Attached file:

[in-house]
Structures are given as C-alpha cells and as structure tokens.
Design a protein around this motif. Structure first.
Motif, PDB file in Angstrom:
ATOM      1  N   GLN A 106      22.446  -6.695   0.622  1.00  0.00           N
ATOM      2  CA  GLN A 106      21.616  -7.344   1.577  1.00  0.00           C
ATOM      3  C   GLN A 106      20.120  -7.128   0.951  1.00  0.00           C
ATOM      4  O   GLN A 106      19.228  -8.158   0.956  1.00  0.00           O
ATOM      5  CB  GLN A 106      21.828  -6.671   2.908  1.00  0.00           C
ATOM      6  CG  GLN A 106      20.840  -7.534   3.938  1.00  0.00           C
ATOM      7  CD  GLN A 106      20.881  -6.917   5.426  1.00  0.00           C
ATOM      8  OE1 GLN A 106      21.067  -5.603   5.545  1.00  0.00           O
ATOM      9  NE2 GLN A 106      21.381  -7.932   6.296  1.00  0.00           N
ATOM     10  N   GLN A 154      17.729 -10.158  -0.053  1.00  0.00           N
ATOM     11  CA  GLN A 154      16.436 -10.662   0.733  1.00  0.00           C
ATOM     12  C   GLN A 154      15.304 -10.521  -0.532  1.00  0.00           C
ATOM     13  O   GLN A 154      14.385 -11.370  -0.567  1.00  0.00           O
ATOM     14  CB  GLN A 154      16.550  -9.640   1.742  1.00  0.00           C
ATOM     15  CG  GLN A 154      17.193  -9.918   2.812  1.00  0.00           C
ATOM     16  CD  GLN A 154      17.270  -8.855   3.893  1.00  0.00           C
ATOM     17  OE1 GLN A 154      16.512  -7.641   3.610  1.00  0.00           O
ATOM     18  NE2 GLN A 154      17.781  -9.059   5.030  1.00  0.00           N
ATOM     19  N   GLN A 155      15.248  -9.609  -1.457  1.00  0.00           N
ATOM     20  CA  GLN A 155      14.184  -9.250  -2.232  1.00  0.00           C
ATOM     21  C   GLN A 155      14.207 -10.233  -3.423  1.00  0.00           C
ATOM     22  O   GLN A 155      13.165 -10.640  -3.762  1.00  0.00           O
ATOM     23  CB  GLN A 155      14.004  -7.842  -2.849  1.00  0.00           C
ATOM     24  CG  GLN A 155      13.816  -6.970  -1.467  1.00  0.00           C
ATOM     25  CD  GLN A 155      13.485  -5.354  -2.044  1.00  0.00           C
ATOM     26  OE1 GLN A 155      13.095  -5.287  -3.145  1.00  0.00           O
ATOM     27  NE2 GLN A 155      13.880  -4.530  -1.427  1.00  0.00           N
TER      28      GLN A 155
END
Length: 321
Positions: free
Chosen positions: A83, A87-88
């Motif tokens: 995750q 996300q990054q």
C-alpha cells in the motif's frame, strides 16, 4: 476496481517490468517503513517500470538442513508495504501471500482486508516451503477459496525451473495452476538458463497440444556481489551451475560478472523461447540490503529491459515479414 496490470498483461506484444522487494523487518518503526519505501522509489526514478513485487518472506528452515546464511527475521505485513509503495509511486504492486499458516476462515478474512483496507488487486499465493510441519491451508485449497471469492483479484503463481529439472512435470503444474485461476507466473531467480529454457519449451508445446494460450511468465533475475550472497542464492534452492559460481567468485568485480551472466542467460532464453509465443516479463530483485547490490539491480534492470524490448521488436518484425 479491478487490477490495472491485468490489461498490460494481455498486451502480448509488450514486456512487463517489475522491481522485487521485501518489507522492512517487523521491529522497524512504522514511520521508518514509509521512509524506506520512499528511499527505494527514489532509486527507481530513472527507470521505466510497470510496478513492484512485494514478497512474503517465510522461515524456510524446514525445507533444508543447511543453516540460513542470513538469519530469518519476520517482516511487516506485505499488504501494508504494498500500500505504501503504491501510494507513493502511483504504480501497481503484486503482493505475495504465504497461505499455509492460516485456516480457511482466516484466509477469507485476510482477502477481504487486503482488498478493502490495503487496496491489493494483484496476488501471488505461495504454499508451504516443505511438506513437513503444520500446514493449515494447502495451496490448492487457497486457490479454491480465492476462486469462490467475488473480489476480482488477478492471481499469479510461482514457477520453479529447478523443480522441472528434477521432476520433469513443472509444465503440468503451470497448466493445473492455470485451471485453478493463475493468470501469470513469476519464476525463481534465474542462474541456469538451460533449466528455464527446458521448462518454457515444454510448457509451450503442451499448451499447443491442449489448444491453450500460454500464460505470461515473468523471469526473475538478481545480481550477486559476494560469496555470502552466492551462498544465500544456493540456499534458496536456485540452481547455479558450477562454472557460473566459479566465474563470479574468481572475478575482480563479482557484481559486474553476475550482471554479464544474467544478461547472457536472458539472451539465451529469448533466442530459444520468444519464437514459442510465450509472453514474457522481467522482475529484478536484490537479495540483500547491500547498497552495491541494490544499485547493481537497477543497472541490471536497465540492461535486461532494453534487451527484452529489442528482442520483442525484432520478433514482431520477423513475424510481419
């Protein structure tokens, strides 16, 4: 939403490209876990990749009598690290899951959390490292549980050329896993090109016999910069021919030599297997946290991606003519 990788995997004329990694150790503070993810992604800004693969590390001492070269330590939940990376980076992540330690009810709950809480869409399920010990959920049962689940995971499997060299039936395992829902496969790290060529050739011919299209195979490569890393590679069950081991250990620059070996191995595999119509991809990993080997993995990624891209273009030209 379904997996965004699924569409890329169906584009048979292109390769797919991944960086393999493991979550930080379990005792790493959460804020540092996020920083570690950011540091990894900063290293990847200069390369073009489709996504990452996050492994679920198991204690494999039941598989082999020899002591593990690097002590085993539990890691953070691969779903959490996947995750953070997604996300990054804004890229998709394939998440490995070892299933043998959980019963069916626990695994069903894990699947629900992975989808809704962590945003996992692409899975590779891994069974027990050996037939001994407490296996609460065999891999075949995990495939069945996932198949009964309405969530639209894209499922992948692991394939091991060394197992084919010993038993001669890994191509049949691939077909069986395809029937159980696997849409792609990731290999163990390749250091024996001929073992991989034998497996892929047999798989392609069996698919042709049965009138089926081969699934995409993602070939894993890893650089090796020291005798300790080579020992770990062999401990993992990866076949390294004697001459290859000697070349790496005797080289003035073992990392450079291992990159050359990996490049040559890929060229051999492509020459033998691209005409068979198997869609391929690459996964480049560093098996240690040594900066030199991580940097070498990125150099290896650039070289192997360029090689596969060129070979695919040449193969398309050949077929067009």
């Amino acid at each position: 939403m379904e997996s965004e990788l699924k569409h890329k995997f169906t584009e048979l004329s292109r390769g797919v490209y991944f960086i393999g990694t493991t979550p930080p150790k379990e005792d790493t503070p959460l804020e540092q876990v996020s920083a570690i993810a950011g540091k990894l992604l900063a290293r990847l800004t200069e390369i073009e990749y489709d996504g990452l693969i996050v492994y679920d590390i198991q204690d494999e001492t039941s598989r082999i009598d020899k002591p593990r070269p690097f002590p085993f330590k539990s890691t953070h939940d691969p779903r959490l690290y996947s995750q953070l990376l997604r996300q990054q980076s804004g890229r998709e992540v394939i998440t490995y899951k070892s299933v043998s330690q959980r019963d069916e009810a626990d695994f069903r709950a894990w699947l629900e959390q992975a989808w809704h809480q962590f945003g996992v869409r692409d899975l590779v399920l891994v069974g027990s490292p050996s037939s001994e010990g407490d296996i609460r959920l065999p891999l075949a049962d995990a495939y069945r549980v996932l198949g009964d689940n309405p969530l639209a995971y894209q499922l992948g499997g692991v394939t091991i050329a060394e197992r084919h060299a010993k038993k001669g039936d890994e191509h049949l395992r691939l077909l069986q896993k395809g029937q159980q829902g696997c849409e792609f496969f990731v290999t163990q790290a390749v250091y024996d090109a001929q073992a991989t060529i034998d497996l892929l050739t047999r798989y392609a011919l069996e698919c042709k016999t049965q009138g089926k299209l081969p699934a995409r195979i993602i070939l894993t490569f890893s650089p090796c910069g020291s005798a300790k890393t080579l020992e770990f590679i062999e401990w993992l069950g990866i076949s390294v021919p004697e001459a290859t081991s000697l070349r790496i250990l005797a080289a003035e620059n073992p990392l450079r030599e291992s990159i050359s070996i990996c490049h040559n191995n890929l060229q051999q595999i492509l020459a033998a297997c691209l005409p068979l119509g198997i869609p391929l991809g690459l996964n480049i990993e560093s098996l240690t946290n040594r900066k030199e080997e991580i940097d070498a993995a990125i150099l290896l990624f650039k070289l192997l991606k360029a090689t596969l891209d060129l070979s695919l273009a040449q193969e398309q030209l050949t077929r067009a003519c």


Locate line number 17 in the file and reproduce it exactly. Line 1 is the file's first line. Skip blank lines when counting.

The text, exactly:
ATOM     13  O   GLN A 154      14.385 -11.370  -0.567  1.00  0.00           O